I cannot tell you how many times I get questions from new tour participants and the press about why we go to view solar eclipses, especially total solar eclipses. Is it really worth traveling thousands of miles and spending thousands of US dollars for such an experience? After all, when you see photos printed in media they generally look the same—the Sun either partially eclipsed or fully eclipsed surrounded by its atmosphere (corona) with perhaps foreground images of features you can recognize.
A total solar eclipse is so much more than this. Here is a list of possible features that you be on the lookout for either before, during or after the total eclipse process. The term ‘totality’ is used to mean only the period of time when the Moon fully blocks the Sun’s light:
n. presence or absence of shadow bands in the sky during the minutes prior to and after totality. These are faint waving bands of alternating contrast best seen on white surfaces when on the ground but the first image shows they can be photographed on cloud. They are reported most frequently at coastal observing locations in the presence of light low altitude cloud, but have been seen from airplanes (on the wings), at sea and at land locations.
o. the appearance of the ‘Diamond Ring’ before and after totality and just prior to/after the Baily’s Beads are seen. The diamond ring is an impression one gets of the way the Sun looks if there is a deep lunar valley just prior to the start and/or end of the total eclipse. It can last from one to 3 seconds generally.
q. the entire visual experience is incomparable. It excites the senses! No video or photograph can mimic what your eyes can see. We always recommend that, especially for first time eclipse participants, that you do not attempt to waste any of the precious seconds of totality taking photos or recording it on video.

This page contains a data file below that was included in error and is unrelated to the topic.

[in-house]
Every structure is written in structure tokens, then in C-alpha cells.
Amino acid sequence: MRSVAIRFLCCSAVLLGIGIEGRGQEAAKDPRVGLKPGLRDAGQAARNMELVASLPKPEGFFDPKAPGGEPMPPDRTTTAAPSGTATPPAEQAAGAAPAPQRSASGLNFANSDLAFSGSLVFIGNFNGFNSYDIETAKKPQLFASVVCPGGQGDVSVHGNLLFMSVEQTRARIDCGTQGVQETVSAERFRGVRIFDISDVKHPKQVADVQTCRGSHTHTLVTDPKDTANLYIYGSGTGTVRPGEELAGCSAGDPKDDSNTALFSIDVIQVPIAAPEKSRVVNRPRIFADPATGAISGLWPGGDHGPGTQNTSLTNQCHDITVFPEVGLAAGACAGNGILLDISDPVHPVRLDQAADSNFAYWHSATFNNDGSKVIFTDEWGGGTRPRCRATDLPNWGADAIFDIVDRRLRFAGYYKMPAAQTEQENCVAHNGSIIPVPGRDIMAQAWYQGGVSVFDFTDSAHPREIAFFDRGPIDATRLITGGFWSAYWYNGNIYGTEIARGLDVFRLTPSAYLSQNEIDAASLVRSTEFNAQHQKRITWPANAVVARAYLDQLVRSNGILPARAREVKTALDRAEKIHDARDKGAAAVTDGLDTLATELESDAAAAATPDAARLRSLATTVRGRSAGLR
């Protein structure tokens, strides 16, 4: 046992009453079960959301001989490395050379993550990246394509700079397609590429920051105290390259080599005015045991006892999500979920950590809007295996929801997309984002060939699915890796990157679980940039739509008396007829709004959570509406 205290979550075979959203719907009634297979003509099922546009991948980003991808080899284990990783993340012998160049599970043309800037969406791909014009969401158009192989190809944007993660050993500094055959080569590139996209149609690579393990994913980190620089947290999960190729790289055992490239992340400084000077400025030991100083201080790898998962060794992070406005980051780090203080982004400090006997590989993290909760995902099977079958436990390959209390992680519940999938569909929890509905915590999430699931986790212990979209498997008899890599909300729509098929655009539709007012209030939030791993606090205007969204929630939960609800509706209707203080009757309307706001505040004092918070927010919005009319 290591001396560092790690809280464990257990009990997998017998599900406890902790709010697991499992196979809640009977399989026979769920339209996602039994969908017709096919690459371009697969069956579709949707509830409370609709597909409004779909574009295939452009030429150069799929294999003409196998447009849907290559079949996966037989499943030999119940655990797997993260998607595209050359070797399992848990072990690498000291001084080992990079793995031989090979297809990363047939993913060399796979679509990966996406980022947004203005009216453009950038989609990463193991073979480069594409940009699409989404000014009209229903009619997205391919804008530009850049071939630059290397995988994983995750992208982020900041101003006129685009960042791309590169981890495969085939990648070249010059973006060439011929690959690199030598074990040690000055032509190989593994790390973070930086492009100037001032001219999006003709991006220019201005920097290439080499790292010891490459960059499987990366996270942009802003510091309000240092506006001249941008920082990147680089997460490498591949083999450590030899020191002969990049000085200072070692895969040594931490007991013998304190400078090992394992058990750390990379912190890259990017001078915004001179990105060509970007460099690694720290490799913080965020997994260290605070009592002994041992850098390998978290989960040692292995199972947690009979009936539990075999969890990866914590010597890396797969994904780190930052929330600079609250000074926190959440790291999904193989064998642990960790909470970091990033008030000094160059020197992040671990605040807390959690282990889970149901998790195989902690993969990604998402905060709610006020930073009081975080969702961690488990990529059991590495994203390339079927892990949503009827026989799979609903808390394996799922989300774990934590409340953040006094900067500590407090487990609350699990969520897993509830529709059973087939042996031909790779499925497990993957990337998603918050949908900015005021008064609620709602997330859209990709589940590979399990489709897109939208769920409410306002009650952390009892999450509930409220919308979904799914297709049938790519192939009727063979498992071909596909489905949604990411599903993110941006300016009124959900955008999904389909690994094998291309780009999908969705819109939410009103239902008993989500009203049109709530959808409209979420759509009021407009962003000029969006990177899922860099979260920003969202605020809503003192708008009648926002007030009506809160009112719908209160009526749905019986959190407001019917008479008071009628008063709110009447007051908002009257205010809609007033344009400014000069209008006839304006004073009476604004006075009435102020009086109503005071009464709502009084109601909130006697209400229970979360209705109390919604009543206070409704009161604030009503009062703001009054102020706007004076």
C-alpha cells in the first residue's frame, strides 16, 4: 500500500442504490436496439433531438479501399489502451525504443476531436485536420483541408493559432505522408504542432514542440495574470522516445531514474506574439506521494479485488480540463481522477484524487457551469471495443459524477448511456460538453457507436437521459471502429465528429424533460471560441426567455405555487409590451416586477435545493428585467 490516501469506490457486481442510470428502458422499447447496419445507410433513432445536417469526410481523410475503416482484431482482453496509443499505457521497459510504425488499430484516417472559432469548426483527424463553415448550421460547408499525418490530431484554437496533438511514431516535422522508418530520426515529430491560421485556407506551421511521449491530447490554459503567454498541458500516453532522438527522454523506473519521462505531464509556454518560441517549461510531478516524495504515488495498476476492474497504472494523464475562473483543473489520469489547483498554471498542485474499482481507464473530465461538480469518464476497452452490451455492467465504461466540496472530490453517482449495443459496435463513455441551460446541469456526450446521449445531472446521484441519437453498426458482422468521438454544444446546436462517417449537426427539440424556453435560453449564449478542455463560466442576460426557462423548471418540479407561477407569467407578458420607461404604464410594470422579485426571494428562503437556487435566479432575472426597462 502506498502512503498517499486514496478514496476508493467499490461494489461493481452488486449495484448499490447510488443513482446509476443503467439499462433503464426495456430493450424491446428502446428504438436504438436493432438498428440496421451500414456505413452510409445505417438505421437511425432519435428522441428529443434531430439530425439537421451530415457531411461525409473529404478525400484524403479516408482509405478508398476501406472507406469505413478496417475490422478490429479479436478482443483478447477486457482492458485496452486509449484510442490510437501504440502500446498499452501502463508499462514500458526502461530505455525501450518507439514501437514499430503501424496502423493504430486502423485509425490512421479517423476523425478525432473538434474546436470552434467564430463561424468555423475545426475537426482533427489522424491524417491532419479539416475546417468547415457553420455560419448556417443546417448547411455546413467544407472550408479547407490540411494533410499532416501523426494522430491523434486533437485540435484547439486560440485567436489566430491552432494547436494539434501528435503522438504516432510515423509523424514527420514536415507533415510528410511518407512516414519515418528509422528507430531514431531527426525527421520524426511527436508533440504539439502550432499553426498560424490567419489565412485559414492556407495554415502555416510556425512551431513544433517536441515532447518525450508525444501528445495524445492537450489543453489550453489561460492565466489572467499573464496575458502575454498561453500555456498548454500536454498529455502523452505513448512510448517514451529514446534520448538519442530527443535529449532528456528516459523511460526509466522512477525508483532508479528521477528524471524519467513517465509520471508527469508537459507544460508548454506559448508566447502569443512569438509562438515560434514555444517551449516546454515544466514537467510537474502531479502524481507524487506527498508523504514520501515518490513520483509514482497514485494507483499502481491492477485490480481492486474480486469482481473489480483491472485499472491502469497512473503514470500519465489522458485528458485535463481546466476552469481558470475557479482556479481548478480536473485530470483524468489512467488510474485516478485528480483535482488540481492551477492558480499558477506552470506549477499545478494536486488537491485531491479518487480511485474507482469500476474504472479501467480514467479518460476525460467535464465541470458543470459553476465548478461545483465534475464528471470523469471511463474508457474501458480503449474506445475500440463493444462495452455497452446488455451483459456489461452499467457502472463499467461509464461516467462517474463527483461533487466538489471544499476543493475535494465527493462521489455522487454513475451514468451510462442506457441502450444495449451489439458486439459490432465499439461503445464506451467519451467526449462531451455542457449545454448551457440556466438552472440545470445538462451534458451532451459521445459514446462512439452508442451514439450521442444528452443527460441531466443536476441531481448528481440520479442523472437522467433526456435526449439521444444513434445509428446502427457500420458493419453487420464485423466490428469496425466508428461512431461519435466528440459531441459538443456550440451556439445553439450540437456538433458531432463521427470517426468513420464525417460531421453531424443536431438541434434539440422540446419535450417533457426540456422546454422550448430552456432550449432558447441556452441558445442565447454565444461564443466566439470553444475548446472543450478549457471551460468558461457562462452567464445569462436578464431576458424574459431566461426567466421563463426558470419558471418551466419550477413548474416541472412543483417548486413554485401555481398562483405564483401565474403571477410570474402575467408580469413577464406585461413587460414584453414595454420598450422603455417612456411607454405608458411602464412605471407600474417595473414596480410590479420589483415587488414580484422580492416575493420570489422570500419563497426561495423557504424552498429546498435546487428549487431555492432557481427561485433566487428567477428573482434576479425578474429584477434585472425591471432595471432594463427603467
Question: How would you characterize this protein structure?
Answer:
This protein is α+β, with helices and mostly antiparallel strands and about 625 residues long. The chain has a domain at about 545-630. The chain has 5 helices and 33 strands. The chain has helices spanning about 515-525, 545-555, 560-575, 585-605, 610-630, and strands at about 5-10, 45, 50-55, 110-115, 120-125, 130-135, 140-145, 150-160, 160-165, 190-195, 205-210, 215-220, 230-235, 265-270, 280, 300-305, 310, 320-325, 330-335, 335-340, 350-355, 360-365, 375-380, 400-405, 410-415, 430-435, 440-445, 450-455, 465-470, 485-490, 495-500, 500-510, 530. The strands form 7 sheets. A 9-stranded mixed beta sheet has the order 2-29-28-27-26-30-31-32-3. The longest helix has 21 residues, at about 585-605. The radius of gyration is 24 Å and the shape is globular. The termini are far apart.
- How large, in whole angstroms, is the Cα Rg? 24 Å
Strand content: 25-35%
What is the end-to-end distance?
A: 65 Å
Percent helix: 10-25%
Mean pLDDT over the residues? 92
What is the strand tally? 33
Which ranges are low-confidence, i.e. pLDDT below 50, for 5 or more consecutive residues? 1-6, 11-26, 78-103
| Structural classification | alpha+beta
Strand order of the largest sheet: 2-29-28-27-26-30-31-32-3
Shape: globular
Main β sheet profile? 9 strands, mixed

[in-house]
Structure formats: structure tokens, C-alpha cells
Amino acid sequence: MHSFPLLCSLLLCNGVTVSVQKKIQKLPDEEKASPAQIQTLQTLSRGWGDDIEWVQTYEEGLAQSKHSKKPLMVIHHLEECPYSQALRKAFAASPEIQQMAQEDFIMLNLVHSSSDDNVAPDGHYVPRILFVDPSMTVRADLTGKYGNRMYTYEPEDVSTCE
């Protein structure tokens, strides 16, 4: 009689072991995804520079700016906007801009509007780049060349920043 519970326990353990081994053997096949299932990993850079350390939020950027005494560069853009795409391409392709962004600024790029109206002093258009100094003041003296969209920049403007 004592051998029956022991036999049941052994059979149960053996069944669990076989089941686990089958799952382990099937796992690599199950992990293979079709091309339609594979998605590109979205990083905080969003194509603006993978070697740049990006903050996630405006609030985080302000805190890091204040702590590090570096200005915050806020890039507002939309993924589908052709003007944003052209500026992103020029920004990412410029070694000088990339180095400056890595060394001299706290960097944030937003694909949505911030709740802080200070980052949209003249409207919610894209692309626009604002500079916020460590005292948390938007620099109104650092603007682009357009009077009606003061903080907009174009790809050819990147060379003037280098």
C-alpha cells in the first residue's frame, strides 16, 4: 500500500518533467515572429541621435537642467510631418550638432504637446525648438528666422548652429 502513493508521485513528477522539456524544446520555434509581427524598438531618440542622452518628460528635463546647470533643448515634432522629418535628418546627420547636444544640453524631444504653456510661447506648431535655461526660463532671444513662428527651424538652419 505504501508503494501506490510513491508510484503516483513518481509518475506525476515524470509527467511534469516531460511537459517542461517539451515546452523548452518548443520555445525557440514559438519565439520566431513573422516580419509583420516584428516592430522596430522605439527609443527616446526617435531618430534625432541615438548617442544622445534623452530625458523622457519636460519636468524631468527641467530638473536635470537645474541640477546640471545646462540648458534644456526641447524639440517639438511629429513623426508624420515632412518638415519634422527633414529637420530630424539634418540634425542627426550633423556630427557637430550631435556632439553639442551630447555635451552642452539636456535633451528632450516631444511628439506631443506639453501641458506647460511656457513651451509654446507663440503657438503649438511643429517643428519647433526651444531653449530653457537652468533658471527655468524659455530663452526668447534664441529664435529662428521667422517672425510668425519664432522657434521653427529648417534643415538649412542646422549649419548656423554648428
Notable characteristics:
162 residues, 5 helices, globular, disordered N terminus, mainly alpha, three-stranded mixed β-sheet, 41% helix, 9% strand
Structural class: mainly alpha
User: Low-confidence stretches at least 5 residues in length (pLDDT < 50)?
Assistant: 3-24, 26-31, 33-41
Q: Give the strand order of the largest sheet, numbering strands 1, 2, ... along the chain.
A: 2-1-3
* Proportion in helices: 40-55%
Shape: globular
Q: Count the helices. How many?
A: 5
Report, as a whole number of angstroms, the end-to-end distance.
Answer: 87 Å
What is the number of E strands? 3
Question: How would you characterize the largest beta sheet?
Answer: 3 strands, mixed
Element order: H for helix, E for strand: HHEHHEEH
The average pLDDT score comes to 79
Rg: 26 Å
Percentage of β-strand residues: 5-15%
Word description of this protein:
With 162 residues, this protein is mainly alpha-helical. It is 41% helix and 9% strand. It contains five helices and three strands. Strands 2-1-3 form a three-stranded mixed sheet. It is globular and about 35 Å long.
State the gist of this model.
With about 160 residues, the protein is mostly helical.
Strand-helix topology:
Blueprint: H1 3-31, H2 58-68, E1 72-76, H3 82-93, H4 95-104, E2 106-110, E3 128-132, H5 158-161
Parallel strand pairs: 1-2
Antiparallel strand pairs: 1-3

u. in the few seconds before/after totality there is an array of wavelengths of light dectable in the emissions from the limb of the Sun. When the upper layer of the Sun’s atmosphere (the photosphere) is occulted by the Moon, the layers of the Sun’s atmosphere flash into view, and the spectrum briefly shows the bright lines produced by tenuous hot luminous gas. Except during eclipses, this part of the spectrum is masked by the glare of the Sun’s disk.
More remotely visible celestial objects might be seen but there is no guarantee. On rare occasion a bright comet passing close to the Sun has been seen during a total eclipse. Also, from high latitude locations when solar activity is on the increase it ‘might’ be possible to see an aurora during totality. A very bright artificial Earth satellite could also be viewed perhaps during the partial eclipse phases (when the Sun is not completely eclipsed) but the satellite is illuminated enough by the Sun outside the Moon’s shadow.
RING OF FIRE EXPEDITIONS offers tours to new or remote destinations and places where tour participants can see unique sights and highlights of the country. The eclipse may be an excuse for people to combine a vacation with a total solar eclipse or to add to the count of the number of countries and passport stamps.
Whatever your motivation, the sights and experiences of a total solar eclipse are truly rare and wonderful!
Even a partial eclipse can be fascinating to watch. It will not get dark and you cannot see the phenomena mentioned above, but you can see a section of the Sun become covered for quite a while. Here is an example where I went up 27 stories above ground to see the Moon cover just 7.6% of the Sun on February 15, 2018 from the Courtyard Hotel in Santiago, Chile.